• Developing Article Poetry: A form of literary work which uses rhythm, metre, and sound elements (such as assonance or dissonance) to structure, amplify, and in some instances supplant the literal meanings of words. [e]
  • Stub Romance: A medieval verse or prose story concerning often concerning love or acts of chivalry in somewhat of a fantasy setting. [e]
  • Stub Science fiction: A story-telling genre that presents alternatives to what is currently considered scientifically possible or that extrapolates from present-day knowledge. [e]
  • Technothriller: Add brief definition or description
  • Stub Thriller: A fictional work combining action and elements of mystery and, possibly, romance. [e]
  • Short story: Add brief definition or description
  • Young adult: Add brief definition or description

Literary motifs, styles, and techniques

  • Stub Allegory: A fictional narrative device or genre whereby a hidden or secondary meaning is found behind the literal story line. [e]
  • Stub Anticlimax: A figure of speech in which the writer goes from a sophisticated point to a mere trifle of a statement. [e]
  • Stub Antihero: A leading character in a work of literature whose qualities are the opposite of heroic. [e]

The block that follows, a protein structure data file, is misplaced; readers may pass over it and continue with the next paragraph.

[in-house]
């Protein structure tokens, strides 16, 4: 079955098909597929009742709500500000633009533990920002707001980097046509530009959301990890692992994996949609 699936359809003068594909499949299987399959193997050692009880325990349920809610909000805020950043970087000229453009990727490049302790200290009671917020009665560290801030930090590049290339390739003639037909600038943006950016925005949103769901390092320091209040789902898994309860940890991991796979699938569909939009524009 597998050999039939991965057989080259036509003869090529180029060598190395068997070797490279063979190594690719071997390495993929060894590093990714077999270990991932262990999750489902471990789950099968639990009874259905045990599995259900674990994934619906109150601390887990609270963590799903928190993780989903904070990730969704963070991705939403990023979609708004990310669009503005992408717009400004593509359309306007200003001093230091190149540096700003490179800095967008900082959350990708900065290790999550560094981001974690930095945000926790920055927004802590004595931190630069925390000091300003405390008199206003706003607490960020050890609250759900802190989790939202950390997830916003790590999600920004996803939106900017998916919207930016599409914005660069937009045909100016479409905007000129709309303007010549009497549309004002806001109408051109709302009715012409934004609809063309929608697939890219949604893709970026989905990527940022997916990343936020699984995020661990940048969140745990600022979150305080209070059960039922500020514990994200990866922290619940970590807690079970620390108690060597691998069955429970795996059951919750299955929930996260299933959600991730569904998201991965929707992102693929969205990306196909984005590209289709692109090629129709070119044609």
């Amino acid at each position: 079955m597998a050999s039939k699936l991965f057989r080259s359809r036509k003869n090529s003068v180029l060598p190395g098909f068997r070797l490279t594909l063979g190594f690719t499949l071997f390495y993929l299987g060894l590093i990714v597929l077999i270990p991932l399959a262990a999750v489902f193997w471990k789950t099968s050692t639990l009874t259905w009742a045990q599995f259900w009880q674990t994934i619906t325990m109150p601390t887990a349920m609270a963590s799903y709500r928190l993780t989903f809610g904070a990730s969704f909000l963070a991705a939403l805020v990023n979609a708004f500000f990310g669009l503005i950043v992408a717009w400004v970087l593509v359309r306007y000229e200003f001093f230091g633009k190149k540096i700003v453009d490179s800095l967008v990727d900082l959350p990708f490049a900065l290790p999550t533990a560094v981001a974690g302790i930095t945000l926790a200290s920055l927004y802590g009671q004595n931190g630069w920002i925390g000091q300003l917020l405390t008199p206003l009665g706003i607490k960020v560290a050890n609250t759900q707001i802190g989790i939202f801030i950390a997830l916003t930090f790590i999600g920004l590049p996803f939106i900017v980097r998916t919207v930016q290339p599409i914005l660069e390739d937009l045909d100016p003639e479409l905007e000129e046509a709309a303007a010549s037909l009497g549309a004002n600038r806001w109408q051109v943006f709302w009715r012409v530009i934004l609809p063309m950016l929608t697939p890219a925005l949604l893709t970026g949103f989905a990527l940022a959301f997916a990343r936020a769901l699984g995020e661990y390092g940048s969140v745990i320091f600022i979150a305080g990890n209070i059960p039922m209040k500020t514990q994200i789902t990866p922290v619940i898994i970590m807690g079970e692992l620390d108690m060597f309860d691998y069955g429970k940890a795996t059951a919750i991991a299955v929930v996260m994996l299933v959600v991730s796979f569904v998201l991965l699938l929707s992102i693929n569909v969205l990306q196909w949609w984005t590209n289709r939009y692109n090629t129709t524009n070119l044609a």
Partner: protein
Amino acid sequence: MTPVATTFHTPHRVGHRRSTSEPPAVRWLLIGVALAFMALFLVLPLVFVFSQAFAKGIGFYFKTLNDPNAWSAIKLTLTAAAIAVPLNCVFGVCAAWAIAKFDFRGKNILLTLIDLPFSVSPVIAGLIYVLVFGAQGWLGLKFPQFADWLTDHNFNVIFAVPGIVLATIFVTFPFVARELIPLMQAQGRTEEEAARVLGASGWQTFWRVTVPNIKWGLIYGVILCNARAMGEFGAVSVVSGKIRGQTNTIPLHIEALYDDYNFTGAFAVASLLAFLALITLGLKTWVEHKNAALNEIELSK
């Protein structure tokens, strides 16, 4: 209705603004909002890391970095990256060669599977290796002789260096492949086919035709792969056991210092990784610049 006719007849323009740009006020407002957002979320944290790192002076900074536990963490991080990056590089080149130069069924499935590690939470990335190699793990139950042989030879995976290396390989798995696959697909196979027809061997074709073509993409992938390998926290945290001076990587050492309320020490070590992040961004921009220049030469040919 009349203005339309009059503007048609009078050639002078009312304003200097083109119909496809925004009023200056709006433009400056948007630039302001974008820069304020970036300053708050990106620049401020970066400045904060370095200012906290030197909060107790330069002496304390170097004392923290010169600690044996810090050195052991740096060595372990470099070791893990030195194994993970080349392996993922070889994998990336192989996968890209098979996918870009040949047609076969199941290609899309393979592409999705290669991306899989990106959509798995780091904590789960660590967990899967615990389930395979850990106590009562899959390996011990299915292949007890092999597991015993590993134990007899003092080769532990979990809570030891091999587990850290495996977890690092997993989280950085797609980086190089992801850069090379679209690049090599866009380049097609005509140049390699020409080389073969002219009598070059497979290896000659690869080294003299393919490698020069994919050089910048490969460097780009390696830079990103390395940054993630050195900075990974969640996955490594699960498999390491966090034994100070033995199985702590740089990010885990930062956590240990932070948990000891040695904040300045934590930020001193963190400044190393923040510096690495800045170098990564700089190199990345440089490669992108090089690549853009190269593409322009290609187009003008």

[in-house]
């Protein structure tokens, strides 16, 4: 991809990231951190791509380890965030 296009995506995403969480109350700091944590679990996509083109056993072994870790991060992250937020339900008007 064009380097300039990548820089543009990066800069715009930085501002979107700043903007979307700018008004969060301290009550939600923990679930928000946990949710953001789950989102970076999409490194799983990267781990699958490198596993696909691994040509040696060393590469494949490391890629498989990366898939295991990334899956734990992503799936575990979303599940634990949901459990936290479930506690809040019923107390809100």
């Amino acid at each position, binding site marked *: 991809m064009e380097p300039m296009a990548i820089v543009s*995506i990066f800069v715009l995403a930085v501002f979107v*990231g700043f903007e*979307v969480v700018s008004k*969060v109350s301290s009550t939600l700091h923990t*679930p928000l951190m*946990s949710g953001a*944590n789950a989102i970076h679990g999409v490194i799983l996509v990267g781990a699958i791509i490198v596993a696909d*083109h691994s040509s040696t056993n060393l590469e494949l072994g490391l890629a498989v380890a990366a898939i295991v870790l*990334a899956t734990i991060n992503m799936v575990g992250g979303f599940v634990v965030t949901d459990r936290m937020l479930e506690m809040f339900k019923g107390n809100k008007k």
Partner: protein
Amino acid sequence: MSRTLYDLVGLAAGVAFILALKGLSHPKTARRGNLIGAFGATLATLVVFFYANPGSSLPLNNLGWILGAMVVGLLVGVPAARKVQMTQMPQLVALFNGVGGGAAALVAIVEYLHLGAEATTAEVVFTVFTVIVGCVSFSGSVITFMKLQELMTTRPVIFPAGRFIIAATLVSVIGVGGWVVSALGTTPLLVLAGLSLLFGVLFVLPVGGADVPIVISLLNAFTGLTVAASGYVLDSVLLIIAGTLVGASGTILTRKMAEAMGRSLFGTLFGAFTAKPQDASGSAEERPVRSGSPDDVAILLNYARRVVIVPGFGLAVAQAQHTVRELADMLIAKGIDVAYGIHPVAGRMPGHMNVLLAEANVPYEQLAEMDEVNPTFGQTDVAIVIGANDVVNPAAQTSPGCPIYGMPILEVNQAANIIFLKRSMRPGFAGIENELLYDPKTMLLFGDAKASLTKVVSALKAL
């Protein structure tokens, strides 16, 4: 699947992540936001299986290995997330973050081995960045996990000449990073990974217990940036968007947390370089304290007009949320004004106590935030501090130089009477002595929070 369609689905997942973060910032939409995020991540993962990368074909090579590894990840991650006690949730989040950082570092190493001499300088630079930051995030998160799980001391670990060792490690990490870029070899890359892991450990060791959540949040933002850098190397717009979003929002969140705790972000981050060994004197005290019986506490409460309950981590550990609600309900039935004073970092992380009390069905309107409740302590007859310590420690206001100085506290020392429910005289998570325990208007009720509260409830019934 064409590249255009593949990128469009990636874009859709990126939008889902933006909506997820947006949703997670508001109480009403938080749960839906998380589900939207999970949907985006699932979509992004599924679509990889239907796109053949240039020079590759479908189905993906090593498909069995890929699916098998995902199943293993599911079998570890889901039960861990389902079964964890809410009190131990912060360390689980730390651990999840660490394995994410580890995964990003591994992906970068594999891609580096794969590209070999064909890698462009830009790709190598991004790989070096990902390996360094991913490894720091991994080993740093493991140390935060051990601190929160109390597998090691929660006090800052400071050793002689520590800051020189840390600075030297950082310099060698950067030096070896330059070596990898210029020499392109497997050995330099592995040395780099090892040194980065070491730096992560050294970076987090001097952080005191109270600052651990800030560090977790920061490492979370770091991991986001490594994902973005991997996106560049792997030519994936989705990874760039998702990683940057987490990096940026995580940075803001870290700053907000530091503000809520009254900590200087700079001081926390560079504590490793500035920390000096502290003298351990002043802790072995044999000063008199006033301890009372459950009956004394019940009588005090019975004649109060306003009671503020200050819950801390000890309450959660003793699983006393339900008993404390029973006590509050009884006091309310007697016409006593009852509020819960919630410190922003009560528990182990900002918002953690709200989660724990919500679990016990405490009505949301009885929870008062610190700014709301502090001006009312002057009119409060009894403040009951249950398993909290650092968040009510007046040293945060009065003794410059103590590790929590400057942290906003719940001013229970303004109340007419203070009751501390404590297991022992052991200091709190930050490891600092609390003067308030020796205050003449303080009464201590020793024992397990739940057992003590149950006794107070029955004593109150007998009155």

• Climax: Add brief definition or description
  • Developing Article Confessional poetry: Poetry which expresses in intimate, and sometimes unflattering, information about details of the poet's personal life, such as in poems about illness, sexuality, and despondence. [e]
  • Stub Irony: The use of words or situations to convey a meaning opposite to their literal meaning. [e]
  • Developing Article Metaphor: Expression directing the mind to understand and experience one kind of thing in terms of another. [e]
  • Motif: Add brief definition or description
  • Stub Simile: A comparison used in literature which employs the use of "like" or "as" to reference one construct to another. [e]
  • Theme: Add brief definition or description

Literary movements

Works

Nota Bene: Please list here only those works of exceptional importance whose authorship is either unknown or about whose author very little is known.

Help plan Literature Week!

Go here and sign up!

List of Subsidiary Literature pages

Views
Personal tools